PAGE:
Living Planet — which creates a “forest recovery operating system” – comes as a pleasant surprise, and not one I expected.
Climate technology, while relatively new, has settled in two camps: hardware and software. And while Vibrant Planet is certainly a software game — from its cloud focus to its per-workplace licensing, it’s SaaS through and through — its end goal is unlike many others.
The startup, which announced a $17 million seed round this week, doesn’t just trade carbon credits or offer carbon accounting software. It tries to address a very real and very difficult problem – how to first save and then restore the damaged forests of the world.
After training as a landscape ecologist, I have become somewhat cynical that forest conservation and the free market can exist in a mutually beneficial relationship. From a market-oriented perspective, forests are often exploited or forgotten.
Still, Vibrant Planet clearly thinks there is an opportunity to help the world manage a multi-trillion dollar asset.
A landmark document from 1997 estimated that globally forests provide $4.7 trillion in annual economic benefits, including freshwater, timber, nutrient cycling, erosion control and climate regulation. While there is no truly global way to adjust the dollar figure for inflation, it essentially equals 15% of global GDP.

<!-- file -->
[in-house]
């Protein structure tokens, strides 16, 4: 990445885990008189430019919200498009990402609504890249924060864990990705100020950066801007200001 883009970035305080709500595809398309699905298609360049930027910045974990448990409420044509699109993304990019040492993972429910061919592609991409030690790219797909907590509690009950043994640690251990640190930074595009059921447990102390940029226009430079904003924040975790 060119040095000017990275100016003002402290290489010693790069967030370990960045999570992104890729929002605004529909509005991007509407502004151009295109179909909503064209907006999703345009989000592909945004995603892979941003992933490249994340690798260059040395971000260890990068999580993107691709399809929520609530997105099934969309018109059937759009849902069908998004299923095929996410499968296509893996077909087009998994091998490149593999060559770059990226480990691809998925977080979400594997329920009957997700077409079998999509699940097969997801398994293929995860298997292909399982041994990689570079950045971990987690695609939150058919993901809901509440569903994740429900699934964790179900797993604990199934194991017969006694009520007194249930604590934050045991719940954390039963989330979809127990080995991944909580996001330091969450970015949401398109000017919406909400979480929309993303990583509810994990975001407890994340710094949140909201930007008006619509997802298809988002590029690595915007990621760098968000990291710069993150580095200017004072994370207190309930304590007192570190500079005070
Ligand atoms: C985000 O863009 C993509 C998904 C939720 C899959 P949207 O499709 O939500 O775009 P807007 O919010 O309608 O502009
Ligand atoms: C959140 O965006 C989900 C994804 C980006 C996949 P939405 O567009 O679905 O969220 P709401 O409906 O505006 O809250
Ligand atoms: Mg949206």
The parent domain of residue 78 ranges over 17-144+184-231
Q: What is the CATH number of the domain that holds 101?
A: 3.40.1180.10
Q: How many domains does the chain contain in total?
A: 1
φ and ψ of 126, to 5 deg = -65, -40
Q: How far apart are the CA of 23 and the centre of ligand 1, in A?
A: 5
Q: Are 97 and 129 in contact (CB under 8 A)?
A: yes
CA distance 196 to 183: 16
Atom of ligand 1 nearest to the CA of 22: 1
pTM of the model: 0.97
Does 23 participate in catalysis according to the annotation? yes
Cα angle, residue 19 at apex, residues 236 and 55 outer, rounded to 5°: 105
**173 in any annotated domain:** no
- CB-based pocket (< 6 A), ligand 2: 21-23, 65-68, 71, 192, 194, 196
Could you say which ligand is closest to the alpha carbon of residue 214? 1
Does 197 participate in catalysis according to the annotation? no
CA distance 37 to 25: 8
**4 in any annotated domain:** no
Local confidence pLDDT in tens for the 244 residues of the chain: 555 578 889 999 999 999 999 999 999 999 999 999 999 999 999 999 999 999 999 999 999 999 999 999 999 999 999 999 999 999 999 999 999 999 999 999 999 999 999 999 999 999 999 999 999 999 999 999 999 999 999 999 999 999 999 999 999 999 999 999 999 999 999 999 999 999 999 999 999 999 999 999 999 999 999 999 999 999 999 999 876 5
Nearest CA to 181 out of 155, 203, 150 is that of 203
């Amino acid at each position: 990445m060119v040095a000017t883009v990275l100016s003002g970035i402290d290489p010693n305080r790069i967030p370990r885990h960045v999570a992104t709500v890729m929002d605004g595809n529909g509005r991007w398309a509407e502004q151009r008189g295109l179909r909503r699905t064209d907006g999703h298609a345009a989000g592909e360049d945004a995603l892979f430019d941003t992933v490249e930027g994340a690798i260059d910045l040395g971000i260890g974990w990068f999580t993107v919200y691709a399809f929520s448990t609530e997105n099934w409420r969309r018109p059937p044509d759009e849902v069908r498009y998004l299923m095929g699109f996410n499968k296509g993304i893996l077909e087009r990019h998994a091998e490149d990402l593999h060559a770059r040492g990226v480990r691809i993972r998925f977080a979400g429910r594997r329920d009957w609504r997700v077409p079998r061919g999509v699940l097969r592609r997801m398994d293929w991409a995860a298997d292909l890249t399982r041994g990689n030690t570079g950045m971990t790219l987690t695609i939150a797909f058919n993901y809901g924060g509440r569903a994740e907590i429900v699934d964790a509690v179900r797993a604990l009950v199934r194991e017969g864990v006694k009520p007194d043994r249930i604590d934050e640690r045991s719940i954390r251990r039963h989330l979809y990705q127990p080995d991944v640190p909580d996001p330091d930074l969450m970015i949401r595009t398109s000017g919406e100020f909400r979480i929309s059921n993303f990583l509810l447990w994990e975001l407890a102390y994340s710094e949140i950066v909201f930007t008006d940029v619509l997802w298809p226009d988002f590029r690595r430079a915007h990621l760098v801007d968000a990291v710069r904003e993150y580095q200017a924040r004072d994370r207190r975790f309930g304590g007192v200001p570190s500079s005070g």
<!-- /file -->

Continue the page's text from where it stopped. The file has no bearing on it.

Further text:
In theory, carbon credits are not a bad idea. In fact, they’re probably one of the least bad ideas we’ve tried when it comes to using free markets to promote forest conservation. However, in practice they leave a lot to be desired.
Carbon credits are an attempt to bring forests into the economic fold. They are well-intentioned, although I am skeptical about them. But more on that later, because while Vibrant Plant has a plan to work with the carbon markets, it’s starting on much firmer ground with fire-adapted forests.
And there are plenty. It’s starting in California and soon throughout the American West, where wildfires have increased in frequency and intensity. After that, Vibrant Planet Down Under could head to Australia, where eucalyptus forests, which have long coexisted with fire, burned catastrophically in the 2019-2020 fire season. It could even take its product to Brazil and the Cerrado ecoregion, traditionally managed with fire for centuries.
Starting with fire-adapted forests is a smart move. First, the Vibrant Planet has its product tested close to home in well-known and well-studied forests. But it also gives it a chance to tackle climate change in a more direct way.